Nine years ago I used the then-current London Olympics to talk about the Olympic Games, Olympic sports in particular and other sports in general, especially those popular in the students’ countries or which they played, which also gave a lot of opportunities for asking questions with who, what, where, when, how, how much, how many, how many times, how long and why. At the time, I had two students from Greece in my class, who actually lived within sight of Mount Olympus. One of them especially said “Oooh, is Greek word” any time we encountered a Greek word, which was obviously a lot during this class. The other one thought very carefully and said “swimming dancing to music” as an Olympic sport. With a little bit of knowledge of Greek I was able to guide him towards swimming with (σύν, sún, syn-) music and in time (χρόνος, khrónos, chron-) to it.

“Swimming dancing to music” is actually a very good attempt to communicate when he didn’t know the actual word.

A pane in the glass

A document referred to someone working as a panebeater. I speculated whether that had something to do with making glass, or breaking it. I had never previously considered that panes and panels are related, from Middle French pan and Latin pannus, a piece of cloth. Panels are, literally, little panes

Nowadays, a pane is almost certainly glass, though also records it in connection with wood panelling, while a panel can be wood, metal, plastic, glass or people. We probably say pane of glass and glass panel, though, while wood panel and panel of wood etc are probably interchangeable. (Note expert panel and panel of experts.) Panels overlap with boards, in referring to both the pieces of wood and the people who sit at them. 


A document referred to a circumstance stymying someone.

Stymying looks wrong, but so does stymieing. Stymie is by far the preferred spelling, but stymy is attested. Stymies and stymied look reasonable. Although it is more often used as a verb (1850s), it was first used as a noun (1830s). Its origin is uncertain, but, given its connection with golf, it is possibly a Scottish dialectal word.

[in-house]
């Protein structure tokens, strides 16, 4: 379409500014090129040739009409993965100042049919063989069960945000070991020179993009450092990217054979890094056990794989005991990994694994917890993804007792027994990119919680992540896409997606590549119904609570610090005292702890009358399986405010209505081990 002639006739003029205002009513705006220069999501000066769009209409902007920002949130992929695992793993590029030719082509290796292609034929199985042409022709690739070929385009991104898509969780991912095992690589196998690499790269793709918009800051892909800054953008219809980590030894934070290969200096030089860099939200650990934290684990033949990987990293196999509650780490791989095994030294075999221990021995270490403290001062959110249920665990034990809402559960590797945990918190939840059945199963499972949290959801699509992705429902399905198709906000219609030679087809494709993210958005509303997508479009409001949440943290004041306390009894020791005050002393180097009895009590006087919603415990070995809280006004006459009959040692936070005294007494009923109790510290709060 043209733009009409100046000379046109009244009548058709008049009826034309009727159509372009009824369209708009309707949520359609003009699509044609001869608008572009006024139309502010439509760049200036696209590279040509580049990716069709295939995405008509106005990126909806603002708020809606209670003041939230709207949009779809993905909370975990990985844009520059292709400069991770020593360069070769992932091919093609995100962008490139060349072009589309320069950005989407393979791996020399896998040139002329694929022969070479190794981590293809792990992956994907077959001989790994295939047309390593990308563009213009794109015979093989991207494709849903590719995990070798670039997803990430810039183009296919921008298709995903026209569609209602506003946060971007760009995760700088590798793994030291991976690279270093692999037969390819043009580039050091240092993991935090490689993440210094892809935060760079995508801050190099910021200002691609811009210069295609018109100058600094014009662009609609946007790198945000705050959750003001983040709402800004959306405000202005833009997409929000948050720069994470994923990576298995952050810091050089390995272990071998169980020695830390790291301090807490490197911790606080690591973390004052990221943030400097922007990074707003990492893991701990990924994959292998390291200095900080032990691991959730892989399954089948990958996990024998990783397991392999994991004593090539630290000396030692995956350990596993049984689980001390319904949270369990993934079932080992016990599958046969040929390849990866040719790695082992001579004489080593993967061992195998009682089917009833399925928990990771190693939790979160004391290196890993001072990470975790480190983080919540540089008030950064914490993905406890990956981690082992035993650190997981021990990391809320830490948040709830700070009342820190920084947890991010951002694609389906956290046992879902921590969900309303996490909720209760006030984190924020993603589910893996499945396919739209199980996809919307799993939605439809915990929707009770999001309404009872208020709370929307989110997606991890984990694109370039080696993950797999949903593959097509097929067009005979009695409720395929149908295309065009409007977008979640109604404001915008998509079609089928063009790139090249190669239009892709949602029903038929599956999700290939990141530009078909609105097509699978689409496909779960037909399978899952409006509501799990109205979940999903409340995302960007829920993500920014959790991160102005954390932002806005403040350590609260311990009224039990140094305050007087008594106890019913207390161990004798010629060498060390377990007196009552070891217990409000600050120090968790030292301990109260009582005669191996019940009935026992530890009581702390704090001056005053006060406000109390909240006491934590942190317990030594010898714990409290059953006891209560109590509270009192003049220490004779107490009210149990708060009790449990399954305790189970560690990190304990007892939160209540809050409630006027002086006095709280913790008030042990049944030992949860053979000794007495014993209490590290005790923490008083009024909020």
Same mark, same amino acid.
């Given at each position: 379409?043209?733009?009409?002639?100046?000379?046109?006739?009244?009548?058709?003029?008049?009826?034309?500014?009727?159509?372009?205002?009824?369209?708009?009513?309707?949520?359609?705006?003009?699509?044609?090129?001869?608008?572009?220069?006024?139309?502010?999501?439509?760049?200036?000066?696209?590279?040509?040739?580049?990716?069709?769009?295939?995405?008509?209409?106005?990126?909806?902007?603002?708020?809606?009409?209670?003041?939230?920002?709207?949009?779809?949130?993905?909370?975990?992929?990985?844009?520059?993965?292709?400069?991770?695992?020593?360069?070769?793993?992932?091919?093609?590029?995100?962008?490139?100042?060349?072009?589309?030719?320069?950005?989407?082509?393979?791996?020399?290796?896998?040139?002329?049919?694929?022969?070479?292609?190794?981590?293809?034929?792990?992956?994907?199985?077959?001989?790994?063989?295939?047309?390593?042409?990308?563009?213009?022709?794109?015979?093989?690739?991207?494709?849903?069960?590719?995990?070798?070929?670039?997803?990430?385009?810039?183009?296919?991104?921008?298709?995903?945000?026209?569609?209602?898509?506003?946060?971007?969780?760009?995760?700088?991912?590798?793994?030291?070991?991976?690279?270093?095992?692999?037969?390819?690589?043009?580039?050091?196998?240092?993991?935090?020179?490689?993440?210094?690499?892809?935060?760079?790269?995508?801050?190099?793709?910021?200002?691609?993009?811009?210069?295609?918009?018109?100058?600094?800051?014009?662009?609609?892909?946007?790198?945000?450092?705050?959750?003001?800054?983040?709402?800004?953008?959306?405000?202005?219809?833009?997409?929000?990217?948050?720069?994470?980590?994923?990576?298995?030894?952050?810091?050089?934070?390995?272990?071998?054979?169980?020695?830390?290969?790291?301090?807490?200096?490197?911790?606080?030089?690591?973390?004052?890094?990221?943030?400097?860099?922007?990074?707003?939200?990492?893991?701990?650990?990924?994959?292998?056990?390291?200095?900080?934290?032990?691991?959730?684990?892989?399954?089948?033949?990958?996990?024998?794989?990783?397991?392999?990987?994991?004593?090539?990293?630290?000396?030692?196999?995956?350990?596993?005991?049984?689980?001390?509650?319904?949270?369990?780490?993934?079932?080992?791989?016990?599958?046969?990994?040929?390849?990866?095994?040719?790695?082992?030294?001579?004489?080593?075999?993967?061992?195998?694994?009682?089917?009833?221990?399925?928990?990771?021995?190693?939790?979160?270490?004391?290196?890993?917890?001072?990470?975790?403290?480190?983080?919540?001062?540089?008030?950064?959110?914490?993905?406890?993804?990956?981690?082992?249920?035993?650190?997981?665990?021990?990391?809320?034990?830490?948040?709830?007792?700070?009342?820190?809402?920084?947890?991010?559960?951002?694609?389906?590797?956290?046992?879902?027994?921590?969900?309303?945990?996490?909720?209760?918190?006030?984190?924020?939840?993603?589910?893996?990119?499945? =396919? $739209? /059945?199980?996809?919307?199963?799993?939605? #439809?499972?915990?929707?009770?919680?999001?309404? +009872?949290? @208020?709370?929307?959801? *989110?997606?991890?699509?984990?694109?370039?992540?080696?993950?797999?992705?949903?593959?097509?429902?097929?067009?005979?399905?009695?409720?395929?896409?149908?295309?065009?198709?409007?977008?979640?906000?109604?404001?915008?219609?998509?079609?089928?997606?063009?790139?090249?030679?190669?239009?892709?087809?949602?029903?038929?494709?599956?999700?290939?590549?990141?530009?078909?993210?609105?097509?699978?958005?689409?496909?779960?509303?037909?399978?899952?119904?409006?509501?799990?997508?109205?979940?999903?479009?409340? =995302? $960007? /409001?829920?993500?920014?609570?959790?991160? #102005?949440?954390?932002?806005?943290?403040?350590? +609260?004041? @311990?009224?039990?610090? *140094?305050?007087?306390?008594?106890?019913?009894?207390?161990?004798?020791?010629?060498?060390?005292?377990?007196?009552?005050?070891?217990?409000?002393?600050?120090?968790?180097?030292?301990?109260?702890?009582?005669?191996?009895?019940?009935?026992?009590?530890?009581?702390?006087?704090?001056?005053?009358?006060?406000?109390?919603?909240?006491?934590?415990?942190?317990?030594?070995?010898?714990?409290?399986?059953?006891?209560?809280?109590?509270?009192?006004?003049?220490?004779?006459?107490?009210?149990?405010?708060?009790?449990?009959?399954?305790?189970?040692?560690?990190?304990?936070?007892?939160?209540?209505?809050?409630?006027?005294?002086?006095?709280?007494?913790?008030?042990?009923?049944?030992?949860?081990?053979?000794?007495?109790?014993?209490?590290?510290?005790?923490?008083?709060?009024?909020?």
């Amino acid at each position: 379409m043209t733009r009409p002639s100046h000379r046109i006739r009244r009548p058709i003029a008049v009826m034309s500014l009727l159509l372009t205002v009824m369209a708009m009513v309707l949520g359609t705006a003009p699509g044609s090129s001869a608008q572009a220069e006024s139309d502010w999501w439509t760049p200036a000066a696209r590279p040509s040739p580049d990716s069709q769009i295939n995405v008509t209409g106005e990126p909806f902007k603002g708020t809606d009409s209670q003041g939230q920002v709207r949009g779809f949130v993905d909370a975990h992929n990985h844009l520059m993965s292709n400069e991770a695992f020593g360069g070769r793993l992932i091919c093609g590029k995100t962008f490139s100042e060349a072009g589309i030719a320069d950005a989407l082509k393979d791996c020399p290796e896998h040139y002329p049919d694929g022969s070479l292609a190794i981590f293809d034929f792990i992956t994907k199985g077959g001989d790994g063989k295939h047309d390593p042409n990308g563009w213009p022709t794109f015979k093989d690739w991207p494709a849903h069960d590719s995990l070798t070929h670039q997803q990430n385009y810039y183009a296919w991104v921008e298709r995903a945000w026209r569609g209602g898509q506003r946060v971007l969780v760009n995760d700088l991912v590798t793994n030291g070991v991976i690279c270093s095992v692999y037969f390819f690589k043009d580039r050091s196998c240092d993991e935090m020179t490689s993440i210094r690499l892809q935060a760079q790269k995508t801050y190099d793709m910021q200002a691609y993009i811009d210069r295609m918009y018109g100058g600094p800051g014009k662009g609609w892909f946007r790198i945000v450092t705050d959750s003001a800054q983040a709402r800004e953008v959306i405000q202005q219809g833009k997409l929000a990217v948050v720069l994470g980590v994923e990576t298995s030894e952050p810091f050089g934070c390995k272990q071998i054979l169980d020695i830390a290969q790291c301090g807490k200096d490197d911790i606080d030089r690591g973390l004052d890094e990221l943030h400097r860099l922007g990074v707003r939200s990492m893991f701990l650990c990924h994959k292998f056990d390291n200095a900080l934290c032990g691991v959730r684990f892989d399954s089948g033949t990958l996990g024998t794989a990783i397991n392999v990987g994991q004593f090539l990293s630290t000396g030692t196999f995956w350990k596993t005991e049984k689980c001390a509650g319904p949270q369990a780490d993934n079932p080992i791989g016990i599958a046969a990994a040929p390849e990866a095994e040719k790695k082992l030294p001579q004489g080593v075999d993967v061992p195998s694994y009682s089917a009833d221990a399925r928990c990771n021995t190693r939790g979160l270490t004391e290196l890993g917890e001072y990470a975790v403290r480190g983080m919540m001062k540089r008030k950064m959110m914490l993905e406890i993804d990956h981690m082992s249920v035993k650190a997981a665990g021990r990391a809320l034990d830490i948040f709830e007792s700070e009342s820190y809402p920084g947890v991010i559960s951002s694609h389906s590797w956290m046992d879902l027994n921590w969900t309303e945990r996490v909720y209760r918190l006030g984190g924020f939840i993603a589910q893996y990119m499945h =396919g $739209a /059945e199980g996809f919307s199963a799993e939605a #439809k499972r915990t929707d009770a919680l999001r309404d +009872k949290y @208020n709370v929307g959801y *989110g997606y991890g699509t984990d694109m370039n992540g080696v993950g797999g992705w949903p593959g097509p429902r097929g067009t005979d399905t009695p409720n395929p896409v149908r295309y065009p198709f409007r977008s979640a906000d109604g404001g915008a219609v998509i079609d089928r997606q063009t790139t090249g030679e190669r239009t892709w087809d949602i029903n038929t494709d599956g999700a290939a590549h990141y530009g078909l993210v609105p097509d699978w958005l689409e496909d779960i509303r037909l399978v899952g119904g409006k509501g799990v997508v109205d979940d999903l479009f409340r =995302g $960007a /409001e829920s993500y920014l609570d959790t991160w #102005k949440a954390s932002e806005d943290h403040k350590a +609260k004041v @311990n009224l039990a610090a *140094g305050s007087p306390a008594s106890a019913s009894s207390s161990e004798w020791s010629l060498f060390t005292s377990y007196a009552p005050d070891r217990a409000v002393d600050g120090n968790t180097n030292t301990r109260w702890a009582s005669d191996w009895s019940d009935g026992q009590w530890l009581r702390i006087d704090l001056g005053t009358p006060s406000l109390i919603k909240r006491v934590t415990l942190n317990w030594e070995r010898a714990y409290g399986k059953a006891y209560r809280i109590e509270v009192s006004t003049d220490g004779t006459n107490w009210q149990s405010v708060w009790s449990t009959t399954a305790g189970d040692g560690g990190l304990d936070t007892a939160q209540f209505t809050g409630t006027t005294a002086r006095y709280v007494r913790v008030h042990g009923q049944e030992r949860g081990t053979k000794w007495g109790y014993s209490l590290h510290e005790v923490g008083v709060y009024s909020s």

An article in one of Sydney’s Sunday papers anonymously interviews drivers for senior members of our governments, including examples of the things they see or hear in the course of their job. It explains that ministerial drivers are 

notoriously discrete

I would have expected them to stick together! 

Discrete and discreet are often confused. I was surprised to find that they share an etymology in Latin discrētus, separate (and are also related to discern). has a usage note (scroll down) which I won’t reproduce here.

Google Ngrams shows that discrete is most often used to describe time, event, Fourier (transform), values, set, points, units, particles, steps and components (all things), while discreet is used to describe man, person, silence, manner, men, persons, woman, use and management (all people or their behaviour).

grave adultery

English (and I suspect every language) has pairs of words which look, sound and mean like they are or might be related, but actually aren’t. I encountered two pairs this week. After work on Monday I had to attend to an official task, so in my last email to my colleagues I said I was going “to adult” after work. The next morning I said that that result of my adultery adulting was that I have to pay more money for an official task than I thought I would. 

So are adult and adultery related? I had vaguely assumed that adultery is something which adults do, which is kind of true, but … ummm … no. Adult is from Latin adultus, grown and adolēre, to make grow, and adultery is from Latin adulterātus mixed, adulterated and adulterāre, compare English alter, change and Latin alter, other. Adultery and adulteration are related, but the former now refers only to sexual activity outside marriage and the latter most often to food(s), milk, goods, article(s), samples, drugs, butter and liquors. I pondered whether the biblical commandment also refers to the latter meaning, given so many other laws against mixing things, but Wikipedia’s article only discusses the first meaning.